In a bid to prevent drug trafficking and other illicit cross‑border activities, Fiji participated in a workshop on Container Control Program at the World Customs Organization Regional Training Centre in Nasese, Suva.
The two‑week long Container Control Program was sponsored by the Australian Border Force and was officially opened by the Australian High Commissioner to Fiji, John Feakes.
He stated that Australia remains committed to supporting and working collaboratively with regional partners to strengthen borders. This is to prevent the trade in illicit goods and also to ensure that correct revenues and taxes are paid on legitimate goods.
Feakes said under this particular initiative, Australia has partnered with both the World Customs Organization and United Nations Office on Drugs and Crime to deliver a global solution that demonstrates the significance and importance of multinational collaboration in the fight against transnational crime.
Fiji Revenue and Customs Service CEO Visvanath Das said that the incredible volume of containers travelling the seas from country to country, make them targets for criminals in the illicit drug trade and those involved in producing and delivering counterfeit goods and merchandise.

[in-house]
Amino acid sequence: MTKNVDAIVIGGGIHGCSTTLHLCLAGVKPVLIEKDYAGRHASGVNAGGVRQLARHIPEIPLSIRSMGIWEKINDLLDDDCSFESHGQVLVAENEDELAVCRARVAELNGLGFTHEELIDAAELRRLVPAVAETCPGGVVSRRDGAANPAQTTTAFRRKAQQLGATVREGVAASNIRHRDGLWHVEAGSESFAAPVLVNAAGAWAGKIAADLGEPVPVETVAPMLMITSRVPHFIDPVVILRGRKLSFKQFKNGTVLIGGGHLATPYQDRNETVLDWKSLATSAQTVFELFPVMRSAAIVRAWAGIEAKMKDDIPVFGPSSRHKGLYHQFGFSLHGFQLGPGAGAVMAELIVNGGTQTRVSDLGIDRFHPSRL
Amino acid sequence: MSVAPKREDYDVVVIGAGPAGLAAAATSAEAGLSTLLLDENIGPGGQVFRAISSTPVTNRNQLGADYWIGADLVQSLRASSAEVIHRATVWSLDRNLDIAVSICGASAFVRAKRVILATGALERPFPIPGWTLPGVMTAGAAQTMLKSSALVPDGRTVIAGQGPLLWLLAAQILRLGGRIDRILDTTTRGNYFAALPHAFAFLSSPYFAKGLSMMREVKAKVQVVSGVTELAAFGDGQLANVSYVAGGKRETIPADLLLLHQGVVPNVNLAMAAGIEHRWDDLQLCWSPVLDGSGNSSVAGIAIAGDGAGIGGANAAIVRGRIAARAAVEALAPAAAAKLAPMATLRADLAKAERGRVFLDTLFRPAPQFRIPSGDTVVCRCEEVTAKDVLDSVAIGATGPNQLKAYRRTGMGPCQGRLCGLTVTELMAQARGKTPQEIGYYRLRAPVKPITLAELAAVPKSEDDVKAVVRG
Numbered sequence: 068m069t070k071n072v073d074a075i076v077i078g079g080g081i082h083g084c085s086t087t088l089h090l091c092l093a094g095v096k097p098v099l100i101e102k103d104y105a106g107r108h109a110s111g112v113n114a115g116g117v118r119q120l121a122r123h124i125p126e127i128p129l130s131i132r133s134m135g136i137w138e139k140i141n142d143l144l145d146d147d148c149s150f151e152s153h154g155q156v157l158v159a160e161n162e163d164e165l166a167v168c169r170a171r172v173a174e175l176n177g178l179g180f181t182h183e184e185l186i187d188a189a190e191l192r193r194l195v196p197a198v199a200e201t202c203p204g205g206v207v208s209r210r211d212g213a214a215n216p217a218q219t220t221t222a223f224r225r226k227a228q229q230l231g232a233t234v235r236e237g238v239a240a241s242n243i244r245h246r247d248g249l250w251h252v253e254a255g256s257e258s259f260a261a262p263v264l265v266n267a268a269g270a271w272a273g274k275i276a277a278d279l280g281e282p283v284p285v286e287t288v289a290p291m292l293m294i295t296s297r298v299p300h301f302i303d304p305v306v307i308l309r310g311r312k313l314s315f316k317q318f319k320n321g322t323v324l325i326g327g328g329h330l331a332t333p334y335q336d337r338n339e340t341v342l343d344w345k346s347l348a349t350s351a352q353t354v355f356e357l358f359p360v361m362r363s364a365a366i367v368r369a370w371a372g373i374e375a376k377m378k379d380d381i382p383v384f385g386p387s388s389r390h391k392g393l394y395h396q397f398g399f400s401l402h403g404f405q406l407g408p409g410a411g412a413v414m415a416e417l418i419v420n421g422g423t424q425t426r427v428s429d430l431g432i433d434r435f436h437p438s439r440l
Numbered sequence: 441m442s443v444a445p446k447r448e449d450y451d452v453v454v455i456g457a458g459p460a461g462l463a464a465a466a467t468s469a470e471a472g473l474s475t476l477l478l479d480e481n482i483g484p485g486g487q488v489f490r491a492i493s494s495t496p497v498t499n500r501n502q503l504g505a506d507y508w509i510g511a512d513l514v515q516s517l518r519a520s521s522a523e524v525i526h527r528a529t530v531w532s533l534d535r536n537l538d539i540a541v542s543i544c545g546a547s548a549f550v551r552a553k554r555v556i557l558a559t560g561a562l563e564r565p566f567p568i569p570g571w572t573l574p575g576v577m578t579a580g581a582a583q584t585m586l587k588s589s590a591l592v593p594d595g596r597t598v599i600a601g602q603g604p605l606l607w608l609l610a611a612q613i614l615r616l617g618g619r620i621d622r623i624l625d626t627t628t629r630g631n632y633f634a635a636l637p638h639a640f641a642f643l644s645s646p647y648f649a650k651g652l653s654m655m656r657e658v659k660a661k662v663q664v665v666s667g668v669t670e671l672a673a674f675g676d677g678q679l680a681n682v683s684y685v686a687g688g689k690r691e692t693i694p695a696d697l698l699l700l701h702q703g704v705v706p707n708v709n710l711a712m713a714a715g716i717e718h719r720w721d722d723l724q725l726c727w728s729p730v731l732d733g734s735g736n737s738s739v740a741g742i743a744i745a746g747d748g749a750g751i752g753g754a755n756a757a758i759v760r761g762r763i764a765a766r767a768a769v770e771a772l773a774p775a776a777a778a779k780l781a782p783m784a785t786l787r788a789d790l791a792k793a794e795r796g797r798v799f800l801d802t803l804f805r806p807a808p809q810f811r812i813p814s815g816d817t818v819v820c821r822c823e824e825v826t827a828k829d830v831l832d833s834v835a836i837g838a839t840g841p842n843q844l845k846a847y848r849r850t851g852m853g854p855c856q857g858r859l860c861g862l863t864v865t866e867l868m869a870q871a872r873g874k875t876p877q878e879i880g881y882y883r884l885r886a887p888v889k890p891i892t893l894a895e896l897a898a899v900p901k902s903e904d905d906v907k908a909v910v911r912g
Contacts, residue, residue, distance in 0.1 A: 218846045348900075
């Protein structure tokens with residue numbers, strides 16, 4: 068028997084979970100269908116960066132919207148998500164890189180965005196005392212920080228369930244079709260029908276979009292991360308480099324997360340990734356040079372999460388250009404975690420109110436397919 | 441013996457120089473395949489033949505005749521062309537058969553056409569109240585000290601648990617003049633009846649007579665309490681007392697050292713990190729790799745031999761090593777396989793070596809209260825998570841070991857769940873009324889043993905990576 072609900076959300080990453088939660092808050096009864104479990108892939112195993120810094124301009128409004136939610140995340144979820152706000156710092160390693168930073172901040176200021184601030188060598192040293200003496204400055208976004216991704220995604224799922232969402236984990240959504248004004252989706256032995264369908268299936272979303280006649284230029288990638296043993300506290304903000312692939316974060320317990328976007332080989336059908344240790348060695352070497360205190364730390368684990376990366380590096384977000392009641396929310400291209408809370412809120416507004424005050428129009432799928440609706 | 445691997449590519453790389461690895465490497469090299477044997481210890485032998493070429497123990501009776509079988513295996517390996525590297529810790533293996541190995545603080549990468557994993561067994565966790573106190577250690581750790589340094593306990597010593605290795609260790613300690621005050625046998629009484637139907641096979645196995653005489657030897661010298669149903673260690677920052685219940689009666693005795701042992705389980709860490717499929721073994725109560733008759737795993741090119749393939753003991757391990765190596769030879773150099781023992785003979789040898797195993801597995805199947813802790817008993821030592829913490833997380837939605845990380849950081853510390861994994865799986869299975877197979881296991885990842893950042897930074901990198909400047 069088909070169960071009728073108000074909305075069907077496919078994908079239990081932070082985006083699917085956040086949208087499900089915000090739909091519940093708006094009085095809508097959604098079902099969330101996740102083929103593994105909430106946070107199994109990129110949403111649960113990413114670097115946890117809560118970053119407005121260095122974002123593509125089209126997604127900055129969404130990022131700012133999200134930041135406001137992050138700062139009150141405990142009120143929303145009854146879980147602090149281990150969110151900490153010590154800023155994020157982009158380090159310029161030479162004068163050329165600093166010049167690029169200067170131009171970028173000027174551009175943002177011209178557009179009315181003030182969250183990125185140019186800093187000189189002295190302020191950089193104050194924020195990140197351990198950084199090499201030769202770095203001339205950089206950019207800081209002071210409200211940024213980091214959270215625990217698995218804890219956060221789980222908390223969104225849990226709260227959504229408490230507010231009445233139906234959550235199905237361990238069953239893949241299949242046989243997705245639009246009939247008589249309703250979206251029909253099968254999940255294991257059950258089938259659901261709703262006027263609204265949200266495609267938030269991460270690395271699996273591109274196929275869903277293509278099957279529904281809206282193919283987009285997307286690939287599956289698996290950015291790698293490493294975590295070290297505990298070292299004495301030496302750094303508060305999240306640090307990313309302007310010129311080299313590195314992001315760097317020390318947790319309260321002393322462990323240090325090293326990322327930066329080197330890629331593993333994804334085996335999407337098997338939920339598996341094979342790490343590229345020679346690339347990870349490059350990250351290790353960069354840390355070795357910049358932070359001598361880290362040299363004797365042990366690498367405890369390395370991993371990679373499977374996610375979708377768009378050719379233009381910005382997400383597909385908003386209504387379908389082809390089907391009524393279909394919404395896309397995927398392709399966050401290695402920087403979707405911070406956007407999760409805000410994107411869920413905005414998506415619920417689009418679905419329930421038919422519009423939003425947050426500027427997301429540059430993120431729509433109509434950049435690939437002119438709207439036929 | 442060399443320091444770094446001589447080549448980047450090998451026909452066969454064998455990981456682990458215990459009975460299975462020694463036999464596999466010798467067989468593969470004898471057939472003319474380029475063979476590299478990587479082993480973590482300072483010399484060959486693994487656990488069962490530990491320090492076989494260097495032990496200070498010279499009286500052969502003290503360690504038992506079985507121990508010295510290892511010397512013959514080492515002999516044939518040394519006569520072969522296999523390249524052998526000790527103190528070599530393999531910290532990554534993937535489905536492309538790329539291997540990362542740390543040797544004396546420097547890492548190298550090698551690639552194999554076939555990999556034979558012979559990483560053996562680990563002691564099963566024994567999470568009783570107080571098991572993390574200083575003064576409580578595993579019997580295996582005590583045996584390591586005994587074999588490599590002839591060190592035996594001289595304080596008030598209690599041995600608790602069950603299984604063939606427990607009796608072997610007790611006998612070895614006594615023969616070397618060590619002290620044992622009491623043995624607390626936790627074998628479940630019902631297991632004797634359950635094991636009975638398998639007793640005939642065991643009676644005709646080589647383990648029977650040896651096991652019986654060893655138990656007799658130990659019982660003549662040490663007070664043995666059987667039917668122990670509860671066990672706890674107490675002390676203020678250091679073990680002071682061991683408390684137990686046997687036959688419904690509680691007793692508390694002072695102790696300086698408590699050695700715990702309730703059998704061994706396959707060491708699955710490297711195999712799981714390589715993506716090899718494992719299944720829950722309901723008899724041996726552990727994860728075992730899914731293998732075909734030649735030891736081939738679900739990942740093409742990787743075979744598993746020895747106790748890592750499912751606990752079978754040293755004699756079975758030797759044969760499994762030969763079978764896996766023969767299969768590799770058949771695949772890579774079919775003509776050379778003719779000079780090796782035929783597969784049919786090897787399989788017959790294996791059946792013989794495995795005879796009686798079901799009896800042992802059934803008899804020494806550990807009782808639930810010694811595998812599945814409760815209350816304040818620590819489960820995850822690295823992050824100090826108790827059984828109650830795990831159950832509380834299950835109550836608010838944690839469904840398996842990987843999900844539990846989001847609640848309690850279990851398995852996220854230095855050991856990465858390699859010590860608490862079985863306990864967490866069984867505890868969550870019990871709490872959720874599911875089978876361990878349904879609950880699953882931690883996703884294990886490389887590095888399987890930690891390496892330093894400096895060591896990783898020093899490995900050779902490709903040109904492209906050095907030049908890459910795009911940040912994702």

The global dependency on maritime trade, combined with sophisticated concealment methods and diverse trafficking routes, make successful interdiction and intervention of criminals difficult.
This program will be critical to how Fiji monitor the trade supply chain. Das stresses they all have a responsibility to promote sustainable economic growth and more importantly, they need to protect the current and future generations from the harmful effects of illegal trade.
Latest figures show a rise in piracy and armed robbery on the world’s seas in the first nine months of 2020, with a 40% increase in the number of kidnappings reported in the Gulf of Guinea.